Hedeoma pulegioides

From Wikipedia, the free encyclopedia
Jump to: navigation, search
American pennyroyal
Hedeoma pulegioides drawing 1.png
Hedeoma pulegioides[1]

Secure (NatureServe)[2]
Scientific classification
Kingdom: Plantae
(unranked): Angiosperms
(unranked): Eudicots
(unranked): Asterids
Order: Lamiales
Family: Lamiaceae
Genus: Hedeoma
Species: H. pulegioides
Binomial name
Hedeoma pulegioides
(L.) Pers.
Hedeoma pulegioides distribution.png
Distribution map[3]
  • Cunila pulegioides L.
  • Melissa pulegioides (L.) L.
  • Ziziphora pulegioides (L.) Desf.

Hedeoma pulegioides (American pennyroyal, or American false pennyroyal[5]) is a species of Hedeoma native to eastern North America, from Nova Scotia and southern Ontario west to Minnesota and South Dakota, and south to northern Georgia and Arkansas.[6]

It is a low-growing, strongly aromatic herbaceous annual plant from 15–30 cm tall, with a slender erect much-branched, somewhat hairy and square stem. The leaves are small, thin, and rather narrow, with a strong mintlike odor and pungent taste. The flowers are pale blue, monoecious, produced in small clusters; it flowers from mid to late summer.[7]

Other names are mock pennyroyal, squaw mint, tickweed, stinking balm, mosquito plant, American falsepennyroyal, and American false pennyroyal.[7][8]

The term "Pennyroyal" (or Pennyrile, from a dialectal pronunciation) is also used to describe a geographic province of western Kentucky, the Pennyroyal Plateau, where H. pulegioides grew in profusion sufficient to lend its name to the whole area.


The name pulegioides is derived from the Latin pulegium and oides, and means “like pennyroyal,” in reference to European pennyroyal (Mentha pelugium).[9] The name pelugium was given to European pennyroyal by Pliny the Elder in the first century CE, for its use in repelling pulex or pulices (Latin for fleas) by spreading it on floors.[10]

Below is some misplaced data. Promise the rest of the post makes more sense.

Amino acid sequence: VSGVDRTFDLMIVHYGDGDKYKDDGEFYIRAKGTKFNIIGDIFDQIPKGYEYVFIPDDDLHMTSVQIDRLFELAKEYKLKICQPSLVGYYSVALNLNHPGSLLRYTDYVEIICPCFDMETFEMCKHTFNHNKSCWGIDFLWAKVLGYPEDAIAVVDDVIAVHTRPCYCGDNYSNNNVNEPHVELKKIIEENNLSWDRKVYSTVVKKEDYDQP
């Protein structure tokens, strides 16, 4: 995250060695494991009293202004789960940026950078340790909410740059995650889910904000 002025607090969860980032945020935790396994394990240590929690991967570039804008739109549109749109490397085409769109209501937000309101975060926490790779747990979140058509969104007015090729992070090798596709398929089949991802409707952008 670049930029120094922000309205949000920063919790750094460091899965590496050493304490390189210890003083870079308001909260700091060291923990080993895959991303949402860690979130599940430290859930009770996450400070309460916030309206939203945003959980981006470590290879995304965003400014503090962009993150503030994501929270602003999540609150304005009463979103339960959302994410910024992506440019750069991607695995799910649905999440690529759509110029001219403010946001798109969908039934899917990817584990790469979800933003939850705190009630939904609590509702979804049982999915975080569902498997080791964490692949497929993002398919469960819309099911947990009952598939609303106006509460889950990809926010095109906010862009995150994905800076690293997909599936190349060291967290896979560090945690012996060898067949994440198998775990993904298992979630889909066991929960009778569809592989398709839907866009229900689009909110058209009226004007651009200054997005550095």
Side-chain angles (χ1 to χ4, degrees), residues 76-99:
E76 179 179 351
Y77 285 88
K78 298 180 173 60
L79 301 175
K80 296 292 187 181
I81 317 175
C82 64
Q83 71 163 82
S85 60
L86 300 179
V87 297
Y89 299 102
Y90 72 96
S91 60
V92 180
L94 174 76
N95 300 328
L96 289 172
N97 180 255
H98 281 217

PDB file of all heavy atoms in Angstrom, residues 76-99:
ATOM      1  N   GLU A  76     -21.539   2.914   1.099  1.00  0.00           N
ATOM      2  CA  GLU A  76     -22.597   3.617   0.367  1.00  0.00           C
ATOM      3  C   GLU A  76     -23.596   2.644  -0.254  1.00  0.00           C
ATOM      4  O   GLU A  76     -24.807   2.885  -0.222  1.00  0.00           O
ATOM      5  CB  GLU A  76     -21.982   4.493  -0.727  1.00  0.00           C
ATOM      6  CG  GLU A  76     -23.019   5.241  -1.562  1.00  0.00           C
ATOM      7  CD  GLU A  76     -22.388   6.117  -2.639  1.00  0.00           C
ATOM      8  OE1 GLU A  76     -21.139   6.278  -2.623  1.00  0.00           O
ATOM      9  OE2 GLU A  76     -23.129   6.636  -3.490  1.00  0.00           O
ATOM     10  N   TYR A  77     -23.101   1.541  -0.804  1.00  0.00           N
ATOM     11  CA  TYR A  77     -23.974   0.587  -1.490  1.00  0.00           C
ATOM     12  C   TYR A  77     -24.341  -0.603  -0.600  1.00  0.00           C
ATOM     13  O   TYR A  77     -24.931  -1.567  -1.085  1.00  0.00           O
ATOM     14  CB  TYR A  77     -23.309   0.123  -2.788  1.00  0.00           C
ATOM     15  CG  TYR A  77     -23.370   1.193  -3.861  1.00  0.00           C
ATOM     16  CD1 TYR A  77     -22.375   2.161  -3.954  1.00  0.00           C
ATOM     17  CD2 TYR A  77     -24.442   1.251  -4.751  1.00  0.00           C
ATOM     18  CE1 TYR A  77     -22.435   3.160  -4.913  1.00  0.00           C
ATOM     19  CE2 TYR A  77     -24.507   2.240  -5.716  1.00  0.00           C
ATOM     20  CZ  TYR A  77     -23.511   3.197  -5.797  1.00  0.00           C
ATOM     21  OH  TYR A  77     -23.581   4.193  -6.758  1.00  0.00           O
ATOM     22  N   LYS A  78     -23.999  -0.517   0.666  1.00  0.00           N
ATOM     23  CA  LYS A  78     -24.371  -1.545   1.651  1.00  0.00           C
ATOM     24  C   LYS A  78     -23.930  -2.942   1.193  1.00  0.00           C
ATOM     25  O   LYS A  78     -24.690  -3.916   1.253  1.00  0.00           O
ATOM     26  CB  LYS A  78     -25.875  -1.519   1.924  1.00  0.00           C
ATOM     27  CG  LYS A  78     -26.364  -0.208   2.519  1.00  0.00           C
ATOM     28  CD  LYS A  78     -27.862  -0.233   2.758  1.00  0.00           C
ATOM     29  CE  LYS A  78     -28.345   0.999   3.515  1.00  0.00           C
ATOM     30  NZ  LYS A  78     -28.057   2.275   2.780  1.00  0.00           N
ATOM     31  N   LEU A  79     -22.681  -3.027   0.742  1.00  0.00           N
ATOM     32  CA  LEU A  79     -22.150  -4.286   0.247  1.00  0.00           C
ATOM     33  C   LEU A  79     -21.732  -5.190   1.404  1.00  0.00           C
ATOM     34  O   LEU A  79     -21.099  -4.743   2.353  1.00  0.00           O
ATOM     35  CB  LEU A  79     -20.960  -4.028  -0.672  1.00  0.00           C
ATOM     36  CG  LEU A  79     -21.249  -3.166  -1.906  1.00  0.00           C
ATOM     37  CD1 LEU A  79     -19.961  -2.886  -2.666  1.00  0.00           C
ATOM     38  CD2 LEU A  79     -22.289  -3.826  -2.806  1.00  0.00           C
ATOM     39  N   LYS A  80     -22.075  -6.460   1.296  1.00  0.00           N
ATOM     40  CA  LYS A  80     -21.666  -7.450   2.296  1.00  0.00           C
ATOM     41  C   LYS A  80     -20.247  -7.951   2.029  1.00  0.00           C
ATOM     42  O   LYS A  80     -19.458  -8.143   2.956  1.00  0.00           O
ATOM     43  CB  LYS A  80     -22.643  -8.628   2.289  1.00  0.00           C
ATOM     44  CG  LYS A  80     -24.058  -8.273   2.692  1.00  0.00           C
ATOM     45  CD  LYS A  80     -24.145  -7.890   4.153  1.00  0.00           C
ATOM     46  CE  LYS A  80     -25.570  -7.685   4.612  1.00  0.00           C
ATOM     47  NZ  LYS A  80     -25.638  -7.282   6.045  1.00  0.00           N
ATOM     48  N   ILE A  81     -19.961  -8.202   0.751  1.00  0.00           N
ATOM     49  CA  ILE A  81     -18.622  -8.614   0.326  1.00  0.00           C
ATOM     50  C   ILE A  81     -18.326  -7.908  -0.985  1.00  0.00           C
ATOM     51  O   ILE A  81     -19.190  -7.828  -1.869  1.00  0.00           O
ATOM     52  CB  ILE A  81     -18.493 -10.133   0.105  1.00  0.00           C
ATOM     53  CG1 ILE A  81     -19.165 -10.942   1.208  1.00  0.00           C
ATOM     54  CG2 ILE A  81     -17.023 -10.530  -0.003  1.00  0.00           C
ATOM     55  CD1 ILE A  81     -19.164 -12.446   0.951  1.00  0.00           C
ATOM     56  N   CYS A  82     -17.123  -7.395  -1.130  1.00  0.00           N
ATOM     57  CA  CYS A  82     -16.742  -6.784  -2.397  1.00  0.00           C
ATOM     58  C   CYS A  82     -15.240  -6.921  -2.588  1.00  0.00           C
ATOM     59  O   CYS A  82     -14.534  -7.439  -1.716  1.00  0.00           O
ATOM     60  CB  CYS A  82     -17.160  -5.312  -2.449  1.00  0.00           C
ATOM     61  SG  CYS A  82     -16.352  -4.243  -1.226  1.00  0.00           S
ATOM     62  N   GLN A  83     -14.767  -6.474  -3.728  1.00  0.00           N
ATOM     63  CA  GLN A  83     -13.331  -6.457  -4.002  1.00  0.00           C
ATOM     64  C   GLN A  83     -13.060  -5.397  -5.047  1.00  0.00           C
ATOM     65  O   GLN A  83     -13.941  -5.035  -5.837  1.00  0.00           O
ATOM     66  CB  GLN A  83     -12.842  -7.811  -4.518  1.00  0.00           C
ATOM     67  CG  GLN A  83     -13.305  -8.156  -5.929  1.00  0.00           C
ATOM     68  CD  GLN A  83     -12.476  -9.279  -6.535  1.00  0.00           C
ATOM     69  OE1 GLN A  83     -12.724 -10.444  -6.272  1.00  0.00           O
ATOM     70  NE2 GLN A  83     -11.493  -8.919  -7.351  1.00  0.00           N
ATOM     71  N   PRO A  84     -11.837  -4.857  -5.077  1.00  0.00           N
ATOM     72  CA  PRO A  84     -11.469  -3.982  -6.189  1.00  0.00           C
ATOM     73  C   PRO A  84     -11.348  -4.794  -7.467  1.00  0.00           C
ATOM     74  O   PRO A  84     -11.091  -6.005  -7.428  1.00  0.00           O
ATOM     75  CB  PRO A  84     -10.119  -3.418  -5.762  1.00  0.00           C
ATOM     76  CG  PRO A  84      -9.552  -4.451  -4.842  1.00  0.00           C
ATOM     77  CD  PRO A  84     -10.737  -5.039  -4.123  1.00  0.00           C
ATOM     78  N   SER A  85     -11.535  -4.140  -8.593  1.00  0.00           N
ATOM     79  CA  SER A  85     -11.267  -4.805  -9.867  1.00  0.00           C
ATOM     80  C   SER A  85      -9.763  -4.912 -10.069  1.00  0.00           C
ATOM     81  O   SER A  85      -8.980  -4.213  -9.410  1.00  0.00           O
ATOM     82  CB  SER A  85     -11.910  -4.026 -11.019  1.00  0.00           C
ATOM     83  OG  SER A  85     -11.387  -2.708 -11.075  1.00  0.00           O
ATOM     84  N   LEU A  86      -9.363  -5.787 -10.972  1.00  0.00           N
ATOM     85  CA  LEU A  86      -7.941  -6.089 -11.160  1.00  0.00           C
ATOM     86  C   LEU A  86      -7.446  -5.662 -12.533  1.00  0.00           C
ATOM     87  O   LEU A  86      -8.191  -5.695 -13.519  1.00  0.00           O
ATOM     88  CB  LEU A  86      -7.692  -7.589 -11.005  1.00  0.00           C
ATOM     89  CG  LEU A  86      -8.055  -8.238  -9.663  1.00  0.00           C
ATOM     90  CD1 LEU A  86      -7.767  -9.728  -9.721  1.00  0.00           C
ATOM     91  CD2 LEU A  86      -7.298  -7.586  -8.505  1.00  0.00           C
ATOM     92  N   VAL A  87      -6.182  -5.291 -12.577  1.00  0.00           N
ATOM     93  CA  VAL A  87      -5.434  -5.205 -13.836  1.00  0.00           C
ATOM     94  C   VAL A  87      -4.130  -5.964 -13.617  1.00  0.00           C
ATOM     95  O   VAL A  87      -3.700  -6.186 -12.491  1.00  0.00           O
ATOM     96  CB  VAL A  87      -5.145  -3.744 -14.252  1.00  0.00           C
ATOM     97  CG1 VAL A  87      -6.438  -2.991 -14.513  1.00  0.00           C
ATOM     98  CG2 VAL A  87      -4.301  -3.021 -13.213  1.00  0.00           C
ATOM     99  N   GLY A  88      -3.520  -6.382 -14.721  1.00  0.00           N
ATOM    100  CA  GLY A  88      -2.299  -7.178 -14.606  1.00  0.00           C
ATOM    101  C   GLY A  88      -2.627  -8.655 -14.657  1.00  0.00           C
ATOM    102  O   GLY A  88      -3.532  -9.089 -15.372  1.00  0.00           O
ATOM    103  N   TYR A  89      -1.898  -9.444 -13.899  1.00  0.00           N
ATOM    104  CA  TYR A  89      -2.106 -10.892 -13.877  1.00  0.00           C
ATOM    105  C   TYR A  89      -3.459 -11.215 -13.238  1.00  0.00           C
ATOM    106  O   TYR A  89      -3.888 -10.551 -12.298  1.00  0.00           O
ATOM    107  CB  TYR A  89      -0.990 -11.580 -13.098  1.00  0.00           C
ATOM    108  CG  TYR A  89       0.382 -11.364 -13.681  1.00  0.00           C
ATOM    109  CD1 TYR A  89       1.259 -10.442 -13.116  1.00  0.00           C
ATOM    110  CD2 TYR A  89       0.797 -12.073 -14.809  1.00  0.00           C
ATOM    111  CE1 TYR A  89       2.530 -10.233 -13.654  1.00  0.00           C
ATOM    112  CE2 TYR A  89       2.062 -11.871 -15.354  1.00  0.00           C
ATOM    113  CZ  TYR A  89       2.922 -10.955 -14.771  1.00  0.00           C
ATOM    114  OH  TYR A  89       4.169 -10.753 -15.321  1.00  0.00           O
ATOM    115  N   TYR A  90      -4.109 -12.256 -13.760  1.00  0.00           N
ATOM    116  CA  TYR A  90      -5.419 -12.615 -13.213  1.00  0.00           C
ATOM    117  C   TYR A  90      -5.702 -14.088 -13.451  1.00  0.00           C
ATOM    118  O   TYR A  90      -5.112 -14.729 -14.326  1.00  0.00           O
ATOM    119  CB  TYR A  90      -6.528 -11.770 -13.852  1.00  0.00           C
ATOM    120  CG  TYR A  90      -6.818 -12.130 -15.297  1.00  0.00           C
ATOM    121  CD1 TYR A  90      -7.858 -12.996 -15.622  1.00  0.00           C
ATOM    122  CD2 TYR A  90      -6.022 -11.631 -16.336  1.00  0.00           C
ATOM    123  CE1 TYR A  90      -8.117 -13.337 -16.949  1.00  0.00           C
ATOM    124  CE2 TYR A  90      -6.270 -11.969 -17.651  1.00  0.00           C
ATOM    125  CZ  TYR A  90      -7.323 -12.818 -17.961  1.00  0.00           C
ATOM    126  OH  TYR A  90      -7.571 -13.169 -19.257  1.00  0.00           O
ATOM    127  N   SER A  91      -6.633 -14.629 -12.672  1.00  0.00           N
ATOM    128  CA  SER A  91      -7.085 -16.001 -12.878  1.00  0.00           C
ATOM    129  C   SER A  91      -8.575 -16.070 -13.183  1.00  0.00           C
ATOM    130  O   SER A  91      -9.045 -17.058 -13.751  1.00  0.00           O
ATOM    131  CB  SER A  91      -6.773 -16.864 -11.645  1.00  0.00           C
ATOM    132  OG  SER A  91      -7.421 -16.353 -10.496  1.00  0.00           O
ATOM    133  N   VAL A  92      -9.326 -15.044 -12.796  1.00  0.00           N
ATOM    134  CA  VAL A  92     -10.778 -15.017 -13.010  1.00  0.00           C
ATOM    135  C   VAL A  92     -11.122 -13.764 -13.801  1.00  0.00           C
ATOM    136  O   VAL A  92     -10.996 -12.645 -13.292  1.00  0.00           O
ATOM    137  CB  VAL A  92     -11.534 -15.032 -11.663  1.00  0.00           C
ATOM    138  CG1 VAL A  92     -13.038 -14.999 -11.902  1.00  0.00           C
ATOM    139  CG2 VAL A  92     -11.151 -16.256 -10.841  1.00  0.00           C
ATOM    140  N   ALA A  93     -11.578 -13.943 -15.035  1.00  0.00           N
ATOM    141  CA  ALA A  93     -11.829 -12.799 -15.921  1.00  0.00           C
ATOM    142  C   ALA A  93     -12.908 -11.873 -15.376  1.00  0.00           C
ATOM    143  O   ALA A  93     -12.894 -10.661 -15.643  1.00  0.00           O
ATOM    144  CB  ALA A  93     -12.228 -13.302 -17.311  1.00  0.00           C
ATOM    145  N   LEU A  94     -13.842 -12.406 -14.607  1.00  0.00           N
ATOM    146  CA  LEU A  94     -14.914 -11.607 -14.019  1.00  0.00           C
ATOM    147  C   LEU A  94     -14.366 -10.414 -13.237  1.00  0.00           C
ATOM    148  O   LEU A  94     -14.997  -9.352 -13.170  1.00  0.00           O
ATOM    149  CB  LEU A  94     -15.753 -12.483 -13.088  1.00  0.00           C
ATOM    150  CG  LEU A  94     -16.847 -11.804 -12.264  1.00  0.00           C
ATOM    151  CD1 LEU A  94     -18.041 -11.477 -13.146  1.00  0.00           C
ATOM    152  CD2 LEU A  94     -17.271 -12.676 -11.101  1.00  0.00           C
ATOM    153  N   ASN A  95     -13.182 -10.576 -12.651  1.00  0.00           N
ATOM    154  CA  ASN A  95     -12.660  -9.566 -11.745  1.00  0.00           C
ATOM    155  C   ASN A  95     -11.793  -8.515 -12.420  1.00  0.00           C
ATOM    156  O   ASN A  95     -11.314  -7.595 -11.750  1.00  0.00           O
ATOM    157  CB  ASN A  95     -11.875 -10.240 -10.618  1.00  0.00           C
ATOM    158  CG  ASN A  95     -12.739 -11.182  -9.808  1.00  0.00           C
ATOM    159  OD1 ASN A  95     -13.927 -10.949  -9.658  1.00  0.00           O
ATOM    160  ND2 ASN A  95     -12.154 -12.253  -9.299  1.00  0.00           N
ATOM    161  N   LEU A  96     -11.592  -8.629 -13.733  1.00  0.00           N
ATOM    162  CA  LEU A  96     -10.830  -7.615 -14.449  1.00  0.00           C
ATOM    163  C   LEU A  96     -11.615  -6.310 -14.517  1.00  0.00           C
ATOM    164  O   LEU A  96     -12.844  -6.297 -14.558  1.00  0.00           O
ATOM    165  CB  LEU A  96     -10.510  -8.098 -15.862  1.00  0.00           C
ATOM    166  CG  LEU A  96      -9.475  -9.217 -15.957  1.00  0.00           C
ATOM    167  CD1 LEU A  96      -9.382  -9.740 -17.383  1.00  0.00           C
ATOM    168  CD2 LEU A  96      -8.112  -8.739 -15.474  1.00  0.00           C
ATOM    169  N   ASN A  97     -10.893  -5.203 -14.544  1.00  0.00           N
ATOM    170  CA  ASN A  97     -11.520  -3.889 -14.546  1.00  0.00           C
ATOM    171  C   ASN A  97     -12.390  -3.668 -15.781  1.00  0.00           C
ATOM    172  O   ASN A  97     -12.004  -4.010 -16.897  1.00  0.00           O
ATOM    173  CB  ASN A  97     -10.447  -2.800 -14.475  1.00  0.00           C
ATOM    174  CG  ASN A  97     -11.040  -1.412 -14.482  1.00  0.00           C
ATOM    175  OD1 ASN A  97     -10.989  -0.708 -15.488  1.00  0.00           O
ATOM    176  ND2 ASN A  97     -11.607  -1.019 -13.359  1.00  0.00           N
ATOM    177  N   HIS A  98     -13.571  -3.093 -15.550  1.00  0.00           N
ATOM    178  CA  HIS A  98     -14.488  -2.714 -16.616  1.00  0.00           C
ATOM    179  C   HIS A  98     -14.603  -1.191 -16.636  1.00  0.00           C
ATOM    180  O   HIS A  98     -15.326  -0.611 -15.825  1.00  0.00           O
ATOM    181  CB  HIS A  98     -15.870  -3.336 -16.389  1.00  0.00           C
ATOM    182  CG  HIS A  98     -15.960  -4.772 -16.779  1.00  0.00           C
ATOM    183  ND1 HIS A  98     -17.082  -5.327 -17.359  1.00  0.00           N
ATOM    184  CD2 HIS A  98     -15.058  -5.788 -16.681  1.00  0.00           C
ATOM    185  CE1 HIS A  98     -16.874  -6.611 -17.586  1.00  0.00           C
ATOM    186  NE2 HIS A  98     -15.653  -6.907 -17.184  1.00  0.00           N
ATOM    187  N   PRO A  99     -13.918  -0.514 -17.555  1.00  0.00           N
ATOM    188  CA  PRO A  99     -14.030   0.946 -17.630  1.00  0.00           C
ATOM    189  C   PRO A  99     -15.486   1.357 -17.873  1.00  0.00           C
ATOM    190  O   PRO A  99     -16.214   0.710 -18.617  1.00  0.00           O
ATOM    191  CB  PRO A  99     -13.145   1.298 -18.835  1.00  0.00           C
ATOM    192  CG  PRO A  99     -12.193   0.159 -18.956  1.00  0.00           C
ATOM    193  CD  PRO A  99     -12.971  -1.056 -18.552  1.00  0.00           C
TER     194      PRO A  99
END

In the early 20th century, it was used “in domestic medicine, in the form of a warm infusion, to promote perspiration and as an emmenagogue.”[11] Upon ingestion, one of its components, pulegone, metabolizes into hepatotoxic metabolites that depending on dosage can lead to organ failure, seizures, and death.[10]

In the 19th century it was recommended for flea control: "Sprigs of wild myrtle, or penny-royal, or small flat camphor-bags dispersed about your under-clothes, and conveniently fastened, will keep fleas from molesting your person during the day. At night, let penny-royal be scattered over the bed-covers, and laid under the pillows and bolster; strewing a large quantity between the sacking and the matrass. Wash yourself before going to bed in water that has had essence of pennyroyal mixed with it."[12]


  1. ^ Britton, N.L., and A. Brown. 1913. An illustrated flora of the northern United States, Canada and the British Possessions. 3 vols. Charles Scribner's Sons, New York. Vol. 3: 136.
  2. ^ "Comprehensive Report Species – Hedeoma pulegioides". NatureServe Explorer: An online encyclopedia of life [web application]. 7.1. Arlington, Virginia: NatureServe Inc. Retrieved 5 January 2014. 
  3. ^ "Plants profile for Hedeoma pulegioides (American false pennyroyal)". Plants Database. United States Department of Agriculture, Natural Resources Conservation Service. Retrieved 6 January 2014. 
  4. ^ "Synonyms of American False Pennyroyal (Hedeoma pulegioides)". Encyclopedia of Life. Retrieved 5 January 2014. 
  5. ^ USDA Plants Profile: Hedeoma pulegioides. Accessed June 19, 2007.
  6. ^ Germplasm Resources Information Network: Hedeoma pulegioides
  7. ^ a b Plants for a Future: Hedeoma pulegioides. Accessed June 19, 2007.
  8. ^ NEWCrop USDA Miscellaneous Publication No. 77: The Herb Hunters Guide: American Medicinal Plants of Commercial Importance. NEWCrop's online transcription of the 1930 USDA publication March 11, 1998. Accessed June 19, 2007.
  9. ^ Griffith, Chuck. Dictionary of Botanical Epithets. Accessed June 19, 2007.
  10. ^ a b Trumble, John T (2002). "Caveat emptor: safety considerations for natural products used in arthropod control" (PDF). American Entomologist. 48 (1): 7–12. 
  11. ^  One or more of the preceding sentences incorporates text from a publication now in the public domainReynolds, Francis J., ed. (1921). "Pennyroyal". Collier's New Encyclopedia. New York: P.F. Collier & Son Company. 
  12. ^ The House Book>[1], 1841.

See also[edit]